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VOLUME 113, ISSUE 5
to respond in Pit
Editor’s Note: It is The Daily Tar
Heel’s policy not to run the names
ofvictims of crimes unless they
have direct influence on the news.
BY ERIN ZUREICK
As the UNC junior who was the
victim of a reported hate crime
recovers from Friday’s assault, the
community is seeking to mend a
shattered sense of security.
News of the assault that occurred
on East Franklin
ing students and
There will be
event at 6 p.m.
in the Pit,
a march to
and a moment
UNC Young Democrats. “If it can
happen in Chapel Hill it can hap
No witnesses have come for
ward in the case, and officials are
encouraging anyone with informa
tion to contact Chapel Hill police
or Crime Stoppers.
The Gay, Lesbian, Bisexual,
Transgender-Straight Alliance and
Amnesty International are hosting
a speak-out event tonight, where
members of the community can
sign a petition against the exclu
sion of sexual orientation from N.C.
statutes on hate crimes. A candlelit
march down Franklin Street will
conclude with a moment of silence
SEE RESPONSE, PAGE 4
UNC wont drop tuition requests
BY MEGAN MCSWAIN
ASSISTANT STATE & NATIONAL EDITOR
Gov. Mike Easley is backing an
in-state tuition freeze in his bud
get proposal, bolstering a decision
made by the UNC system’s govern
ing body in February.
But campus officials across the
state are still searching for a solu
tion to their financial needs.
No one is sure where the need
ed revenue will come from, but
many speculate that the Board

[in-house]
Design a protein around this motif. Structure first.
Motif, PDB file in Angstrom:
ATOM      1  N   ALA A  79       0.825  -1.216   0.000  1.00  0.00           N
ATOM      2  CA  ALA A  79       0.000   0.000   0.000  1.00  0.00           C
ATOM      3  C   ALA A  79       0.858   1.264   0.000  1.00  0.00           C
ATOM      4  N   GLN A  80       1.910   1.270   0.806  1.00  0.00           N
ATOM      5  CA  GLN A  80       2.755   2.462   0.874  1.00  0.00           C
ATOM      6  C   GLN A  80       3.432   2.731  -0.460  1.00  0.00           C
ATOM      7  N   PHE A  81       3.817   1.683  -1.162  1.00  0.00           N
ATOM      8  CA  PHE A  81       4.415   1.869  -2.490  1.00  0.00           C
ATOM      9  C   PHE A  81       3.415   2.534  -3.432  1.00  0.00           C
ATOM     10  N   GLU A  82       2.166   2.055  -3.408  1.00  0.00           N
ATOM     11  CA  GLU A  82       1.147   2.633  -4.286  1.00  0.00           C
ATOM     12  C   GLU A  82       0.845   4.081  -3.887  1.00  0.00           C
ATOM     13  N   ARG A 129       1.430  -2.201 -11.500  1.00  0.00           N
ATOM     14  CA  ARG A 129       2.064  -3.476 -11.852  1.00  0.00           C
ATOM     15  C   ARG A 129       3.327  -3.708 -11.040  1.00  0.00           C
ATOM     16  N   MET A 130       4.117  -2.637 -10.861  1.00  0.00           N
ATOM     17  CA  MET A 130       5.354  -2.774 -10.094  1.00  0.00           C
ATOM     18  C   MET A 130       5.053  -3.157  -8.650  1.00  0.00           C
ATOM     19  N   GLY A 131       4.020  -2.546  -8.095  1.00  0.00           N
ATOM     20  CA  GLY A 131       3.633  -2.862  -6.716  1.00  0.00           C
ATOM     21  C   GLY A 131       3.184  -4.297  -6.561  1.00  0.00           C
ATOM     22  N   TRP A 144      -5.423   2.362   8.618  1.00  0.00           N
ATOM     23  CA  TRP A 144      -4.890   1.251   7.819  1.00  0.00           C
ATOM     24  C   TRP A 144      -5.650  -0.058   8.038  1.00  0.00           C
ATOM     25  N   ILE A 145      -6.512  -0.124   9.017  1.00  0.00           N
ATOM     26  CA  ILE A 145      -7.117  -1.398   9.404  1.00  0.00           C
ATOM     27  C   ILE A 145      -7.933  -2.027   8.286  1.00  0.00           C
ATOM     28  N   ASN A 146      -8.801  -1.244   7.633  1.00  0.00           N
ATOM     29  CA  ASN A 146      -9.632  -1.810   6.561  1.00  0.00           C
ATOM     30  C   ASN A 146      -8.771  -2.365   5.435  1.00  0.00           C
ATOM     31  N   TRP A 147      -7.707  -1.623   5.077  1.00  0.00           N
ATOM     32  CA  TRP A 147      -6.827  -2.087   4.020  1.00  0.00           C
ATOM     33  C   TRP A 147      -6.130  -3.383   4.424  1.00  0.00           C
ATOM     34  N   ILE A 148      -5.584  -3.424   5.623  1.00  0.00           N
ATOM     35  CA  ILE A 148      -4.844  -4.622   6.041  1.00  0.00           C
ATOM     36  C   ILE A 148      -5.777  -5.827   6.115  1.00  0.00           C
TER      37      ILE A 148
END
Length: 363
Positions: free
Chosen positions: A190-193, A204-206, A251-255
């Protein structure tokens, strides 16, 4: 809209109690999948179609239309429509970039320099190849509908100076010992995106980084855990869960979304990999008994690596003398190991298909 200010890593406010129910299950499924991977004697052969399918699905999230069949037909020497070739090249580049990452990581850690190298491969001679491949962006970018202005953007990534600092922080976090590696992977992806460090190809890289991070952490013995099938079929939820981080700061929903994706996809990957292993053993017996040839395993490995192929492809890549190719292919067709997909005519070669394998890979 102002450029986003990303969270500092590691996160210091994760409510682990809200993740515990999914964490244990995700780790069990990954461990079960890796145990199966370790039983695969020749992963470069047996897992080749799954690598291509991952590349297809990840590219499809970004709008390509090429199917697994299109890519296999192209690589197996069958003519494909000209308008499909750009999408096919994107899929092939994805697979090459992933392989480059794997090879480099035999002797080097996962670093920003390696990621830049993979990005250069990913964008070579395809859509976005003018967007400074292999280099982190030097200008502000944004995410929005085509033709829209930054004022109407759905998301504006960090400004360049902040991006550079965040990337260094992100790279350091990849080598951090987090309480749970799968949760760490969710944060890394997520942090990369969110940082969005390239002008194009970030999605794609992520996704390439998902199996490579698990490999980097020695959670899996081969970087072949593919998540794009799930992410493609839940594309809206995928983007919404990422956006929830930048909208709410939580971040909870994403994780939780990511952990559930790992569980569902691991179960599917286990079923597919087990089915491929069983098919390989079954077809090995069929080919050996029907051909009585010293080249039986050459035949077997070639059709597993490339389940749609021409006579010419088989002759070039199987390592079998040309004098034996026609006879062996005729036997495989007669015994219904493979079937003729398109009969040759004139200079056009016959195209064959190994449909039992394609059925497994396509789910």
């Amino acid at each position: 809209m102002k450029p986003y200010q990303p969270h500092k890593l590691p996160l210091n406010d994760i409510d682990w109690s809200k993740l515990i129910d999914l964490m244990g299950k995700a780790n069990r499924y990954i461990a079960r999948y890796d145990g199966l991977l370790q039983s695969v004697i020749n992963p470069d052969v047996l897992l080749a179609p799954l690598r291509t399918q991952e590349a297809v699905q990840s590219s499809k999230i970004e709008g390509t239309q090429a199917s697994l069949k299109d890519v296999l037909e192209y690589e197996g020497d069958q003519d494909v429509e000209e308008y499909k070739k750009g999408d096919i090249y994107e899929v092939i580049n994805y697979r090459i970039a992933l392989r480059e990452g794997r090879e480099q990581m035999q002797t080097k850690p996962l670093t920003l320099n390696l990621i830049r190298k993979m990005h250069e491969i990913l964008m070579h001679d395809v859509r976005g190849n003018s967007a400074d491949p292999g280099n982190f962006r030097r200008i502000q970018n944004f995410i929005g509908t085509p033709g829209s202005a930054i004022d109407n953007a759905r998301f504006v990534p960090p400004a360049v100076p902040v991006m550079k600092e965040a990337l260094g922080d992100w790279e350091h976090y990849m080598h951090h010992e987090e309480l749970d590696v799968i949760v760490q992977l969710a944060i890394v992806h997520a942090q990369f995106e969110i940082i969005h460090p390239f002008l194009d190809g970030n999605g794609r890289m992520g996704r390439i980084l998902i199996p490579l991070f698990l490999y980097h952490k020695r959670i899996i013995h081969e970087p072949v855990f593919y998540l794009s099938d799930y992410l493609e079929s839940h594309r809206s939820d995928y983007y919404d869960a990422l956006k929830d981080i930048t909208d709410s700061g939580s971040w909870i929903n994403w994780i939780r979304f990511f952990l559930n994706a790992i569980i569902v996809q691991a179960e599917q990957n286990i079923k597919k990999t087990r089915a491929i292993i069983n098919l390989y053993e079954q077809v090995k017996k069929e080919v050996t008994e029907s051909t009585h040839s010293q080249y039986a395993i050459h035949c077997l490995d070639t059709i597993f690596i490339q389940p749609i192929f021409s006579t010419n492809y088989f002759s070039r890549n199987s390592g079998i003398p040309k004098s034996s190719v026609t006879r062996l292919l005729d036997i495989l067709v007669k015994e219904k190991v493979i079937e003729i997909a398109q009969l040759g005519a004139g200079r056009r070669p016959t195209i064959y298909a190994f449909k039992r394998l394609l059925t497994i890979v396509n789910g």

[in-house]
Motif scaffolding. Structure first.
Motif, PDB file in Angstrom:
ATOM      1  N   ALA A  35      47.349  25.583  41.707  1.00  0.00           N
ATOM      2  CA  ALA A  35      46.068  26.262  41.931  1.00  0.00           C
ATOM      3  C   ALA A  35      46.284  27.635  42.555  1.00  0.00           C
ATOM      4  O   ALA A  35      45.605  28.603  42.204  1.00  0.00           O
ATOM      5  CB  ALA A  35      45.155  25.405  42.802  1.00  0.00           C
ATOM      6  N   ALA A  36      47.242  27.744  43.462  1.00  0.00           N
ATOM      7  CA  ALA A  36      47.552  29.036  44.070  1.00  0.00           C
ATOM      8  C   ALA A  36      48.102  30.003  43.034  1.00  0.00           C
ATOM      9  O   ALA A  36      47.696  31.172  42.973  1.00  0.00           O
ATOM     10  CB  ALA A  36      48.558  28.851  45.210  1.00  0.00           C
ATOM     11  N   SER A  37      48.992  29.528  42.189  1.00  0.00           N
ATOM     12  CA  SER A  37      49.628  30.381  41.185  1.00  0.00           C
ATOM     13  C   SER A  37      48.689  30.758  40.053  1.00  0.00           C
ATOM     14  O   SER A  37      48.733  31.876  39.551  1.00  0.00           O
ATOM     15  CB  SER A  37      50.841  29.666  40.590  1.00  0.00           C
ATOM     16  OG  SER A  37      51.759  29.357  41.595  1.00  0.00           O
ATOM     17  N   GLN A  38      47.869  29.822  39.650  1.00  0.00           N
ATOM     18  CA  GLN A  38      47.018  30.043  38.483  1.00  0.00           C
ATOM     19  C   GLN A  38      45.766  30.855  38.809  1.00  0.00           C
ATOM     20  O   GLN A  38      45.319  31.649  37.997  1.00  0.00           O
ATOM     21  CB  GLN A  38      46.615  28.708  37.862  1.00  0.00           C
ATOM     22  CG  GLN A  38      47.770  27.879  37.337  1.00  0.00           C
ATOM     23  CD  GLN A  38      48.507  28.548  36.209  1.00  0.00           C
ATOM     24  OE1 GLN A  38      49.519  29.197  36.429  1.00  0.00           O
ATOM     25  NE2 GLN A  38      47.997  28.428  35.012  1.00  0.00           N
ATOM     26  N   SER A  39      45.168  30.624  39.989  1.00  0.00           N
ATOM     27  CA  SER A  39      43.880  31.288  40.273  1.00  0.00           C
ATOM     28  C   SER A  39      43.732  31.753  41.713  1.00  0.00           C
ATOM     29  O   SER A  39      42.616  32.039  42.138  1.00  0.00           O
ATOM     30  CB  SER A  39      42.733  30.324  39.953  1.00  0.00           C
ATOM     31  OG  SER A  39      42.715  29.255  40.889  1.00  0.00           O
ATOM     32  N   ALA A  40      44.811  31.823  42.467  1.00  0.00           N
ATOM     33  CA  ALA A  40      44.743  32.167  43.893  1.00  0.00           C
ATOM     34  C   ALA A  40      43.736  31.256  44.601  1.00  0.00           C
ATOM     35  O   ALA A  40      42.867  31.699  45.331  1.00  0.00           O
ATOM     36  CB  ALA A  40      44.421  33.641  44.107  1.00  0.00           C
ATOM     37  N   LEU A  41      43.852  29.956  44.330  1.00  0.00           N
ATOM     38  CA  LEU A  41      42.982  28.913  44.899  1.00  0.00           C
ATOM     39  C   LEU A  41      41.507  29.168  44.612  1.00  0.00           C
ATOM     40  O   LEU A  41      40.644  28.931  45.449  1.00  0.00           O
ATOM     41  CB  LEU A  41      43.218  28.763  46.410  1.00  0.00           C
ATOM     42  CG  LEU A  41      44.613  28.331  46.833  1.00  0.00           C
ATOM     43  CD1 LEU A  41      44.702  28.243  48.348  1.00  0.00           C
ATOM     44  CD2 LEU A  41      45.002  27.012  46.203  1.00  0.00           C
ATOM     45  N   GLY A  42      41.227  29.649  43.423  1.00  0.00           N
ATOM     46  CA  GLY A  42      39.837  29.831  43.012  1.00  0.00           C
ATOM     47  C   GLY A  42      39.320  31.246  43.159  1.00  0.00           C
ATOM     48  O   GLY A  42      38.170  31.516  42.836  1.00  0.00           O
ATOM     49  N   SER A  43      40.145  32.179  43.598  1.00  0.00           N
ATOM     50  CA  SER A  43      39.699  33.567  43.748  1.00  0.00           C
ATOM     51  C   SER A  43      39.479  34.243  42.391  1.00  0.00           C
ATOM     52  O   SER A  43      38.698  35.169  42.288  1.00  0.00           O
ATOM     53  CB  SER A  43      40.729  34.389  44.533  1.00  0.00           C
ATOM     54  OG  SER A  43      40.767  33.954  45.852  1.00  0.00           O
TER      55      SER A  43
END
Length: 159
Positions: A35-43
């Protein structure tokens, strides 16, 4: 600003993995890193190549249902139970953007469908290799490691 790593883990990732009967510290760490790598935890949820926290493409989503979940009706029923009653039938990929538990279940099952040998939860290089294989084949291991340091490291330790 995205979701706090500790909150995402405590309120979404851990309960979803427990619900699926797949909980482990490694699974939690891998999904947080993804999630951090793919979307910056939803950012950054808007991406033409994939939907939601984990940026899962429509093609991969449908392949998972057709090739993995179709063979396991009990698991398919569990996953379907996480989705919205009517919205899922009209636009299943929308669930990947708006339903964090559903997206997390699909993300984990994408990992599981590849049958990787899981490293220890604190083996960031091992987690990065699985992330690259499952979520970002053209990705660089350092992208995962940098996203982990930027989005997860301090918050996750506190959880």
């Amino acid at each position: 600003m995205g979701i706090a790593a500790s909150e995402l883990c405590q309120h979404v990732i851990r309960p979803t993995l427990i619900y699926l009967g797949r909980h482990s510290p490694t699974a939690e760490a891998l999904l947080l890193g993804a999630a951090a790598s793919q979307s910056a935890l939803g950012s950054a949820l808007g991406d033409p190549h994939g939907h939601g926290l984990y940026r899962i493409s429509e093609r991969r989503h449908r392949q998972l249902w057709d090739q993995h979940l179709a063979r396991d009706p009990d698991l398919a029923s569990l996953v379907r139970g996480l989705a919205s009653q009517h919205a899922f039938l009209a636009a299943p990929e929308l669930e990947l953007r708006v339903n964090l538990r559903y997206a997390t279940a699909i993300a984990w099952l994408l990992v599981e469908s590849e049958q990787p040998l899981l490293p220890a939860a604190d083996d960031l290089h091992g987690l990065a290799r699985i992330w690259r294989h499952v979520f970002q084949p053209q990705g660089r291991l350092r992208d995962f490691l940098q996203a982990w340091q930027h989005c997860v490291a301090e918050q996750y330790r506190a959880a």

of Governors will be receptive to
campus-based tuition increases for
nonresident students and graduate
“I think that the campuses put
forth tuition proposals in good faith
that they would be considered by the
board,” said Jeff Davies, vice presi
dent of finance for the UNC system.
“There is one school that has with
'\g H -’ jr V
Metal benches are just one of many examples of public art in Chapel Hill.
Part of the new town operations center will be devoted to public art works.
Indian clothing store at Carr Mill Mall brings a taste
of Asia to the streets of downtown Carrboro PAGE 9
Serving the students and the University community since 1893
oltr lailu oar llrrl
V aguar Wright performs at the Great
Hall in the Student Union on Monday
night. Wright, who was inspired by
musicians like Marvin Gaye and Earth,
Wind and Fire, blends hip-hop and soul
music. Her first group, Philly Blunts,
performed together for four years. Soon
drawn its requests, but only one.”
UNC-Chapel Hill will not drop
its proposal to the BOG for out-of
state and graduate tuition hikes,
but University officials plan to
honor the in-state freeze and not
ask for resident increases, said
Provost Robert Shelton.
The University’s tuition increase
requests stemmed from a proposal
by the campus T\iition Task Force.
In November, the task force
reported that UNC-CH needs an
additional $5.4 million to $5.6
million in tuition revenue.
The money was set to go to four
major areas: a larger commitment
to need-based aid, increasing teach
ing assistant stipends, a merit-based
salary increase for existing faculty
and a decrease in class size.
Since the University will not pur